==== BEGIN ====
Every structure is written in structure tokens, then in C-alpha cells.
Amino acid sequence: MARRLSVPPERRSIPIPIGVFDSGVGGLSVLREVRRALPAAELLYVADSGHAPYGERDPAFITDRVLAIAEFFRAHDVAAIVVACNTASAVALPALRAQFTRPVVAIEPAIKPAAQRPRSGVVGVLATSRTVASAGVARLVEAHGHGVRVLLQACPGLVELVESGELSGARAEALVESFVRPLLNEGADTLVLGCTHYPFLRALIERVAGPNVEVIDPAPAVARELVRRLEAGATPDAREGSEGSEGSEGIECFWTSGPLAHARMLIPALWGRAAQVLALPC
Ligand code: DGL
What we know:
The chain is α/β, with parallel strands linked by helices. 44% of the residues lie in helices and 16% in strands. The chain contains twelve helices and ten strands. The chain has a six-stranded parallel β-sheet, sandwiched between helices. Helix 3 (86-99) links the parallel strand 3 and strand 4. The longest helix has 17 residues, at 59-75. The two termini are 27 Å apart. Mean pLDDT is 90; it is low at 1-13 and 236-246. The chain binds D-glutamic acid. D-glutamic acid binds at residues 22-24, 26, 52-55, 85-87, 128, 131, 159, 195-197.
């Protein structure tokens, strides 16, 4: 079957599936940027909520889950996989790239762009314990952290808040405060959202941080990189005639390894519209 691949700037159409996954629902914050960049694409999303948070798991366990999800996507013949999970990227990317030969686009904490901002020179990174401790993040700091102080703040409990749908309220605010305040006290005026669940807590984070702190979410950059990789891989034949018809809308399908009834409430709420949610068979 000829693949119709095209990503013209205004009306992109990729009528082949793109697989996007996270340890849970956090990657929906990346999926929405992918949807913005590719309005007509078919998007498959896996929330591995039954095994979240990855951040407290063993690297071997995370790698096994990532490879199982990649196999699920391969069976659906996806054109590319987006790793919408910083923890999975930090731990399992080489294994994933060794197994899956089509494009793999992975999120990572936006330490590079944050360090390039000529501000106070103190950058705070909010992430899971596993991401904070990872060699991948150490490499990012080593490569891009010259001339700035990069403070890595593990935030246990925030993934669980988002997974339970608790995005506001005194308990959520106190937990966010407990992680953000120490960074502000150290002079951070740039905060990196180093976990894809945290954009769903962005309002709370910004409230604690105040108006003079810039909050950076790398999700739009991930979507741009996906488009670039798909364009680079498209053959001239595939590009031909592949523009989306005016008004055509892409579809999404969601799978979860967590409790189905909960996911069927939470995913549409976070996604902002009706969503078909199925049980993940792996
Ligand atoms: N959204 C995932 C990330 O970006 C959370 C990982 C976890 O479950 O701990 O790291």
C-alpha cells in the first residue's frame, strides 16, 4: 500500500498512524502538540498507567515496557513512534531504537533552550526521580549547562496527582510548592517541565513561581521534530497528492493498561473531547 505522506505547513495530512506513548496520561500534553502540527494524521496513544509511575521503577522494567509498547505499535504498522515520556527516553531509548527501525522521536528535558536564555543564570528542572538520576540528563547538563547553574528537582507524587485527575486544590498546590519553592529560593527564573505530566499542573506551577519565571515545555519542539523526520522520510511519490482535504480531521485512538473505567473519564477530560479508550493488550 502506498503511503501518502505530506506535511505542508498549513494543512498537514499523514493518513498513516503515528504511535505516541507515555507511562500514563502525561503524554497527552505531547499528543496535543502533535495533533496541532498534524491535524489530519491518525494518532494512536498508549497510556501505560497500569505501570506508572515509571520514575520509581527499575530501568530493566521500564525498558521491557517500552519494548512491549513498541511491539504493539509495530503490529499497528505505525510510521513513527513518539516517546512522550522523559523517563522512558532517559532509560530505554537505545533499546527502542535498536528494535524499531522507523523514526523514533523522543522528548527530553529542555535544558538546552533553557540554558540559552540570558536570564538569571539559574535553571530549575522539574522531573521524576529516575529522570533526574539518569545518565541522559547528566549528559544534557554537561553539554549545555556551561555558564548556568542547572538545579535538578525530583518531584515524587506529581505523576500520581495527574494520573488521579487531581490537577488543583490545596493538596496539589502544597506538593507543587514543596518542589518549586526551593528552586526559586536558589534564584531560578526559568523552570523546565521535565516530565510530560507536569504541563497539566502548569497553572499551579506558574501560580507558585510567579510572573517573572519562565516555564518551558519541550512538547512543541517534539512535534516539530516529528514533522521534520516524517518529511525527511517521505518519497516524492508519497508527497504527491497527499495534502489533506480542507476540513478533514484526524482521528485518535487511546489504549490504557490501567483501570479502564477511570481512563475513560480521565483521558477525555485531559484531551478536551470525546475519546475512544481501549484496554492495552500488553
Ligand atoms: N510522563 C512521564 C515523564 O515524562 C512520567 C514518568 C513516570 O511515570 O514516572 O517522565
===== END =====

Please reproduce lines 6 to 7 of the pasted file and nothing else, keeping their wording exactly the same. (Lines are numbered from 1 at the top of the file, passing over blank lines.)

């Protein structure tokens, strides 16, 4: 079957599936940027909520889950996989790239762009314990952290808040405060959202941080990189005639390894519209 691949700037159409996954629902914050960049694409999303948070798991366990999800996507013949999970990227990317030969686009904490901002020179990174401790993040700091102080703040409990749908309220605010305040006290005026669940807590984070702190979410950059990789891989034949018809809308399908009834409430709420949610068979 000829693949119709095209990503013209205004009306992109990729009528082949793109697989996007996270340890849970956090990657929906990346999926929405992918949807913005590719309005007509078919998007498959896996929330591995039954095994979240990855951040407290063993690297071997995370790698096994990532490879199982990649196999699920391969069976659906996806054109590319987006790793919408910083923890999975930090731990399992080489294994994933060794197994899956089509494009793999992975999120990572936006330490590079944050360090390039000529501000106070103190950058705070909010992430899971596993991401904070990872060699991948150490490499990012080593490569891009010259001339700035990069403070890595593990935030246990925030993934669980988002997974339970608790995005506001005194308990959520106190937990966010407990992680953000120490960074502000150290002079951070740039905060990196180093976990894809945290954009769903962005309002709370910004409230604690105040108006003079810039909050950076790398999700739009991930979507741009996906488009670039798909364009680079498209053959001239595939590009031909592949523009989306005016008004055509892409579809999404969601799978979860967590409790189905909960996911069927939470995913549409976070996604902002009706969503078909199925049980993940792996
Ligand atoms: N959204 C995932 C990330 O970006 C959370 C990982 C976890 O479950 O701990 O790291």